When he was running for president at one of the roughest moments in modern American history, Barack Obama excoriated the Washington insiders who said he wasn’t ready to lead.

“You can wrap an old fish in a piece of paper called change,” he said, “but it’s still going to stink.”

That, in a nutshell, is the problem with the Pasadena Police Department.

Just this week, John Perez, the interim Pasadena police chief, promised change in the form of a deep house cleaning. The self-examination comes in the wake of former Chief Phillip Sanchez’s retirement and follows well-publicized acts of police brutality, criminality and other questionable behaviors that occurred during a gruesome beating that resulted in the death of Reginald Thomas, Jr.

That case was resolved earlier this month with a $1.5 million payout from the city to Thomas’ girlfriend and children. In a disturbing pattern developing in downtown Los Angeles, the officers were cleared of wrongdoing by DA Jackie Lacey and remain on duty.

It’s likely there are other incidents on Perez’s mind too.

In November, Pasadena police officers administered a beating to Christopher Ballew, a black motorist who had his leg broken by cops at the climax of a quote-unquote traffic stop that occurred in Altadena, not part of the PPD’s jurisdiction.

We haven’t even considered the federal arrest of Pasadena police Lt. Vasken Gourdikian, who connected off-roster guns he bought as a police officer to nefarious customers on the gray web. If convicted, Gourdikian could face decades of federal prison time.

All this is the tip of the iceberg.

Enter Perez’s very questionable clean-up plan. The first step will be a review of the circumstances leading to Thomas’ death.

That probe will be conducted by the Washington DC-based Police Foundation. The foundation will also undertake a wide-ranging look inside the department at the events surrounding the Ballew and Gourdikian cases, Perez said.

“The Police Foundation will,” Perez noted in his best bureaucratese, “conduct an independent assessment of outreach efforts and programming and will make recommendations for comprehensive and sustainable initiatives to increase community engagement. A written report will be presented.”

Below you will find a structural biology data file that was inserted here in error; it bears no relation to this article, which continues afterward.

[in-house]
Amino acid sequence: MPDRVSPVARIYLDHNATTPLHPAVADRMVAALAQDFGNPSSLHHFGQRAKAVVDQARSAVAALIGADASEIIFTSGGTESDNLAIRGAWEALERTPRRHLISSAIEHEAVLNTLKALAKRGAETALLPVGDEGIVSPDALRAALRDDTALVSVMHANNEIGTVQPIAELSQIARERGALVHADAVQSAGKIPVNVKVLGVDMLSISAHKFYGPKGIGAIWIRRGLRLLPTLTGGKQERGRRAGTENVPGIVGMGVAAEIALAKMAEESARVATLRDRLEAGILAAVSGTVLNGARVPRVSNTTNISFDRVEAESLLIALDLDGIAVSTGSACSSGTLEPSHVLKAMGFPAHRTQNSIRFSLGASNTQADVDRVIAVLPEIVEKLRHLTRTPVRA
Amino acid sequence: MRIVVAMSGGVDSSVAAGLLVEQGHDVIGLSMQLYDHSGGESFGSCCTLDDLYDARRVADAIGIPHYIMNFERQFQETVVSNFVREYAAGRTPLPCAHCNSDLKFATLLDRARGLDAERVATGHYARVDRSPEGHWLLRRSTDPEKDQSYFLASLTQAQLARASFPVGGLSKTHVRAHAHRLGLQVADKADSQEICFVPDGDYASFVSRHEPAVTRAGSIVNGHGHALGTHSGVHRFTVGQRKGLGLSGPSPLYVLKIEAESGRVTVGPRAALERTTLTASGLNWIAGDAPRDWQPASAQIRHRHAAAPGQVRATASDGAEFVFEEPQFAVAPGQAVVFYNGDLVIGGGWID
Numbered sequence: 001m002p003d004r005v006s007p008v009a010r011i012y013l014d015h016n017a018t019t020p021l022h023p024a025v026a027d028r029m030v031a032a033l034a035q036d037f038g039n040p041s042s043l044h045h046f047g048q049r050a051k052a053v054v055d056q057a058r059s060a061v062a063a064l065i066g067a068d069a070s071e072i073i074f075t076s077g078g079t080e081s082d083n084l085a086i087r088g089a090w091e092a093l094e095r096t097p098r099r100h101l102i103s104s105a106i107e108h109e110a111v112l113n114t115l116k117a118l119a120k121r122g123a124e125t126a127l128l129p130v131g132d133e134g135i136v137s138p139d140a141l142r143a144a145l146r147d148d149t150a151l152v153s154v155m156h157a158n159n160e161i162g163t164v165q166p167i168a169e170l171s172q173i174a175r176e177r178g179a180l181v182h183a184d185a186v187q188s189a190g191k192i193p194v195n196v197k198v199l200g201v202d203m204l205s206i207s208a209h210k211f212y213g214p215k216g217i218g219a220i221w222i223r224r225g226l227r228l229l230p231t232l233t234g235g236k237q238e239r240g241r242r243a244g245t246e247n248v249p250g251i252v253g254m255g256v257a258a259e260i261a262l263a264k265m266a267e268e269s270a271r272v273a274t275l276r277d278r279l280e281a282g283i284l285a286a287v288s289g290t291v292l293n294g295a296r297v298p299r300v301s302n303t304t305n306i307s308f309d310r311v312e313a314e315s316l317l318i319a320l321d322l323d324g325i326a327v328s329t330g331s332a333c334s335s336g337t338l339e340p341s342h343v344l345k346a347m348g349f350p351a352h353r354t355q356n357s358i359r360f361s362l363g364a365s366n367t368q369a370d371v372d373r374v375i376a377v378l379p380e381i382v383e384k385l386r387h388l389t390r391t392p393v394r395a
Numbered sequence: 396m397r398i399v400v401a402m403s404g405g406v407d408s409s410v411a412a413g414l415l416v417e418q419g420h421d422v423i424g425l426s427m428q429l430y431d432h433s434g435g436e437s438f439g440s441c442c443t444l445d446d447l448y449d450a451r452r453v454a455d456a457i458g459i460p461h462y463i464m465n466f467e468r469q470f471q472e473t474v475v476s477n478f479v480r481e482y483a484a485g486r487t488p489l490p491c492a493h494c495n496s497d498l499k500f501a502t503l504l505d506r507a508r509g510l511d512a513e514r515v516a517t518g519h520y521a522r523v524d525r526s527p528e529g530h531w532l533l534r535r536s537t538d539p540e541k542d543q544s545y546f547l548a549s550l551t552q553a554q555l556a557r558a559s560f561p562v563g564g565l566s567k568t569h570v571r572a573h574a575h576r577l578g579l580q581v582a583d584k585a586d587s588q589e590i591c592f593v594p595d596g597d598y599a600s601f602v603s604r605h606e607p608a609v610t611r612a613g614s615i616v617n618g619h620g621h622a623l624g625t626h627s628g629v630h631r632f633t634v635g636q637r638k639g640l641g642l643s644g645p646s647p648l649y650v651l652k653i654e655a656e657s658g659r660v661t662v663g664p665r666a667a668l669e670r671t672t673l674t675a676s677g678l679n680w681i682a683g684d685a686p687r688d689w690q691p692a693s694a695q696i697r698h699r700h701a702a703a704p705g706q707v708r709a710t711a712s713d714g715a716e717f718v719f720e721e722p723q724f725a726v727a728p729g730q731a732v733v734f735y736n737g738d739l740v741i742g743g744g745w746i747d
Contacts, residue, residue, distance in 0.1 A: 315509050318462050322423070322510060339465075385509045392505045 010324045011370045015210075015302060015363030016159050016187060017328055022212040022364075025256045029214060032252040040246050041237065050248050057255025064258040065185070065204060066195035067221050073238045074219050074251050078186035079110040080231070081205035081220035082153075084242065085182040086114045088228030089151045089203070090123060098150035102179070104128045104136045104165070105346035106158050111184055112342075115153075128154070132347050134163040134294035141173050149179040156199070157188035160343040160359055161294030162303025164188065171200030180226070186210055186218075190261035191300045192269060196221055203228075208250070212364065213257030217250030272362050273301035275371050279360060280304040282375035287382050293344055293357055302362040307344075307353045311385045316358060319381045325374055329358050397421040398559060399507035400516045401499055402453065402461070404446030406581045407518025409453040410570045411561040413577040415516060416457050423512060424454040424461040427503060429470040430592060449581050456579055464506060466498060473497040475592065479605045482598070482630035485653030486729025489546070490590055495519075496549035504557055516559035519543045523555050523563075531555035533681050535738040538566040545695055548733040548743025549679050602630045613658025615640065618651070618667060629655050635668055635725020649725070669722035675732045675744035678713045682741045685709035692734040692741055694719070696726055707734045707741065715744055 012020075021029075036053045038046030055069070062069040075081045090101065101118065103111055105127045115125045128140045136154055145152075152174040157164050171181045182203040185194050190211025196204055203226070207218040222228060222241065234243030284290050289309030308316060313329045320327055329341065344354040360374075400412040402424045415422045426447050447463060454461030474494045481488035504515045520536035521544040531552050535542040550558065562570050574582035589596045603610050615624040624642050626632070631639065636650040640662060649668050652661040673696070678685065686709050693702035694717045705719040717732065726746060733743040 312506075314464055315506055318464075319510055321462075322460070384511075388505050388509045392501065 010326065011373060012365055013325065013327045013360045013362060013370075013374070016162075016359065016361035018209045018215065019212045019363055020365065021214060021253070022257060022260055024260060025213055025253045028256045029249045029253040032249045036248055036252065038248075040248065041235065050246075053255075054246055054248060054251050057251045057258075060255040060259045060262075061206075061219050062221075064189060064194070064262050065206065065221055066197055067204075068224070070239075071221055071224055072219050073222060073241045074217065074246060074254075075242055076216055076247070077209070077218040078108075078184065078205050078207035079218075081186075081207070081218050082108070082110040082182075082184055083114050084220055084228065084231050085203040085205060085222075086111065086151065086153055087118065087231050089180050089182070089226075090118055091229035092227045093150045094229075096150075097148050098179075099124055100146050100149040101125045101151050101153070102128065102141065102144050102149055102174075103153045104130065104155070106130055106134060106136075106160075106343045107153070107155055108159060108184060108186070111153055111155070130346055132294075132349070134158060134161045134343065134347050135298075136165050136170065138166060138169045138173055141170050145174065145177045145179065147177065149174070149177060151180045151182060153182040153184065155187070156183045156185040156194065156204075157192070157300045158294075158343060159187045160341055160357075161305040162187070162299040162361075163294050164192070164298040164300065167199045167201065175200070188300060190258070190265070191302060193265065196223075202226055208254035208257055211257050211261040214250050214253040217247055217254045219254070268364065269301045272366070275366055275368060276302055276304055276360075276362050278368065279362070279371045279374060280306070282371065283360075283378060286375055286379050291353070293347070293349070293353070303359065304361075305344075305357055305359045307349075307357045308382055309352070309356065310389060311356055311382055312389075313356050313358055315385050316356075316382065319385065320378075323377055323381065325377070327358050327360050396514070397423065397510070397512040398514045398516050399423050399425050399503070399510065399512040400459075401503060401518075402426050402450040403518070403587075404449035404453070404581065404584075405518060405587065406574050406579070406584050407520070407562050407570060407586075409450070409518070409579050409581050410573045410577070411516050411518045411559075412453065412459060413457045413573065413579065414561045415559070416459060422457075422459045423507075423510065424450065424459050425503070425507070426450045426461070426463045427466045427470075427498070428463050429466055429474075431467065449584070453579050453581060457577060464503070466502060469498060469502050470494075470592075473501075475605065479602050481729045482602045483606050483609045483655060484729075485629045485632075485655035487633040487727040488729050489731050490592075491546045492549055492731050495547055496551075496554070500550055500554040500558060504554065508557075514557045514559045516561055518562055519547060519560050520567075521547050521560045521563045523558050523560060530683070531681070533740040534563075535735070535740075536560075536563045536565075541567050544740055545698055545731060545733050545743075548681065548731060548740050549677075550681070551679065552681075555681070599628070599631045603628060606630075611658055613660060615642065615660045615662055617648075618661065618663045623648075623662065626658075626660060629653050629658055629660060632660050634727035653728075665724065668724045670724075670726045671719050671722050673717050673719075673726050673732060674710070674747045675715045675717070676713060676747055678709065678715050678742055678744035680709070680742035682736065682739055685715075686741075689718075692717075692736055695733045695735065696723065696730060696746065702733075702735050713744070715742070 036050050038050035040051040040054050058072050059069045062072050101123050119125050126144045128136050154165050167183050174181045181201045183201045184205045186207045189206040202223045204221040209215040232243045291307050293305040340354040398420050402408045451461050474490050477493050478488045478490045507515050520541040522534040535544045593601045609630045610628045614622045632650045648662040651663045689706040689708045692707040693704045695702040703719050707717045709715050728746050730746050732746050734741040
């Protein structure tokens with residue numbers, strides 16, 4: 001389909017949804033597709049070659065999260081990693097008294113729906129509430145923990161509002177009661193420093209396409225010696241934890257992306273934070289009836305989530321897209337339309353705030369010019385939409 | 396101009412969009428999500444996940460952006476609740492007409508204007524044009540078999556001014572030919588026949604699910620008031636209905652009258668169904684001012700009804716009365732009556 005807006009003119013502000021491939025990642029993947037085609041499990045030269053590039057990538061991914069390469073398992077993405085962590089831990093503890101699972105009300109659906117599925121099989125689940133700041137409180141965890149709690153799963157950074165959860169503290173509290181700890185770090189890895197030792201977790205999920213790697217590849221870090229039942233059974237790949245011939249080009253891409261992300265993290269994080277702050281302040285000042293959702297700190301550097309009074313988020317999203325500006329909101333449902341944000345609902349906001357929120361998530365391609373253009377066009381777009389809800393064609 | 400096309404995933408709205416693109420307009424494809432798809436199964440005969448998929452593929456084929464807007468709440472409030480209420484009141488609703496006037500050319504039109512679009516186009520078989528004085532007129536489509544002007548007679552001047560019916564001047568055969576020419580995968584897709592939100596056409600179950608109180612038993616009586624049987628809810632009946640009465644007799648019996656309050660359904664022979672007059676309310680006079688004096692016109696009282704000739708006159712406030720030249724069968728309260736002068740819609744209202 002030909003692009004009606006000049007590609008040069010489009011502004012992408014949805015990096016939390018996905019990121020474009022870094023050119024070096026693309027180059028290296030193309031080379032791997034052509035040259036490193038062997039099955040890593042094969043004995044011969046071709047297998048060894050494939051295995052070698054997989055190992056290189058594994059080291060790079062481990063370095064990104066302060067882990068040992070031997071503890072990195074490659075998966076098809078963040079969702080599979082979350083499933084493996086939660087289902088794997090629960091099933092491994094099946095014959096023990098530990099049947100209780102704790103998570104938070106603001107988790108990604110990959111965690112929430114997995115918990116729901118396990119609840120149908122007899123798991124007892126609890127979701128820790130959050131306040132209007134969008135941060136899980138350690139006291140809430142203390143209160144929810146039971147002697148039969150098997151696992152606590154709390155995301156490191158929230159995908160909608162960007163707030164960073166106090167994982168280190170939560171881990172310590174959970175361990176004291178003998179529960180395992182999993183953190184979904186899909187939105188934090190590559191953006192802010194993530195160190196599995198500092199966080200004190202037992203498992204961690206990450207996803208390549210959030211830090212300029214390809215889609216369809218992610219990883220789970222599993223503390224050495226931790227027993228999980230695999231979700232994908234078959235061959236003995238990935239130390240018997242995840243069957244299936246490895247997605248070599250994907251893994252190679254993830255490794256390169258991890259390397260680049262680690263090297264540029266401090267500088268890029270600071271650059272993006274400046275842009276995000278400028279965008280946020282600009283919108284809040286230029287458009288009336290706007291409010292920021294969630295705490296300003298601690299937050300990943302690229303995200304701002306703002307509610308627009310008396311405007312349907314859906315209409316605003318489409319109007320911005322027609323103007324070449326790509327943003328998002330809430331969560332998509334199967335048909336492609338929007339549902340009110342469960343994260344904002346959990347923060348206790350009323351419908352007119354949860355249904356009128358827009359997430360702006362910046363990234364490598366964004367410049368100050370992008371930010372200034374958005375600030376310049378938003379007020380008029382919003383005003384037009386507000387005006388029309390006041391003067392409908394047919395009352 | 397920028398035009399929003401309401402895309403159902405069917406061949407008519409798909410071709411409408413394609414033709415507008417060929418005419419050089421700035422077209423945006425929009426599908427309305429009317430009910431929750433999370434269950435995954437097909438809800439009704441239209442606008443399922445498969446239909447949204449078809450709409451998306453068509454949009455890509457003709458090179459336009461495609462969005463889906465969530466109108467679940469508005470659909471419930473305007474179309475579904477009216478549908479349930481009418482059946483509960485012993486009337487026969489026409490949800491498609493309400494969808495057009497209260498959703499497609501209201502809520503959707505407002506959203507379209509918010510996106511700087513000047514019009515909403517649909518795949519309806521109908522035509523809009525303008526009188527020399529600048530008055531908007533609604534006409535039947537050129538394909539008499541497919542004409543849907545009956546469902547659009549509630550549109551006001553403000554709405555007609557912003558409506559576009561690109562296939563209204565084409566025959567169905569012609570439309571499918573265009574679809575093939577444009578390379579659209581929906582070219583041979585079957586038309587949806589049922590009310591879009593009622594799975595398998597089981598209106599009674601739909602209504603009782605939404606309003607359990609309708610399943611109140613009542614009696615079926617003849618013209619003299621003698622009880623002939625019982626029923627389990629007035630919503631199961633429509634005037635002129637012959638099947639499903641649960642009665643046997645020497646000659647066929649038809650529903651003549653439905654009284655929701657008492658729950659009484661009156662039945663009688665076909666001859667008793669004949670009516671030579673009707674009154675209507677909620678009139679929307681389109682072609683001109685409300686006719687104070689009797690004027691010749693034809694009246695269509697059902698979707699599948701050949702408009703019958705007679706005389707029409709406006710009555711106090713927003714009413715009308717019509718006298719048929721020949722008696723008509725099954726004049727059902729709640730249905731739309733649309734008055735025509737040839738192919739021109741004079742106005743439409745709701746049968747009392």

All well and good, right? Except for one little thing Perez forgot to mention — the Police Foundation is headed by Bernard “Barney” Melekian, former chief of the Pasadena Police Department and the man who set the tone for PPD to become an occupying and oppressive force in some of Pasadena’s poorer communities.

Under Melekian’s watch, the reputation of the Pasadena police was less than stellar. Take the shooting death of Leroy Barnes in 2009. Officers shot and killed Barnes during a traffic stop. Within hours of the slaying Melekian issued contradictory versions of the 74 seconds prior to Barnes’ death. At first Melekian said officers were justified because Barnes was shooting at them. Two hours later, after witnesses came forward, Melekian retracted that statement and admitted Barnes never fired a shot before he was killed.

In the days following the Barnes shooting, it was Melekian who refused to release dashboard video of the slaying and kept the names of the officers involved secret. To add insult to injury, Pasadena police officers and public works employees dismantled a makeshift memorial to Barnes that had been erected by his family at the site where he was killed.

It gets worse. The detective bureau, when it was staffed with Melekian’s acolytes, engaged in a pattern of extrajudicial arrogance that included beatings, evidence tampering and witness intimidation. In one instance a witness to a homicide said he was kidnapped by detectives, then taken to police headquarters where he was beaten for refusing to give officers a statement in the case.

The witness was Pasadena resident Jeremy Carr. His attorney Michael Kraut said detectives including Kevin Okamoto, Keith Gomez and William Broghamer beat Carr in an effort to coerce him into making false statements in a 2007 murder investigation into the slaying of Shawn Baptiste in Pasadena.

Some of those same detectives remain on the force and continue to police our community. It’s hard to believe that the man who set the brutality in motion in the first place is the man we should turn to for reform.

Clearly the only conclusion that can be drawn by Melekian’s return to tacit oversight of Pasadena’s police department is this: there’s something fishy going on and it stinks.


(Paparian is a local attorney and a former mayor of Pasadena. Please see a related story on page 7.)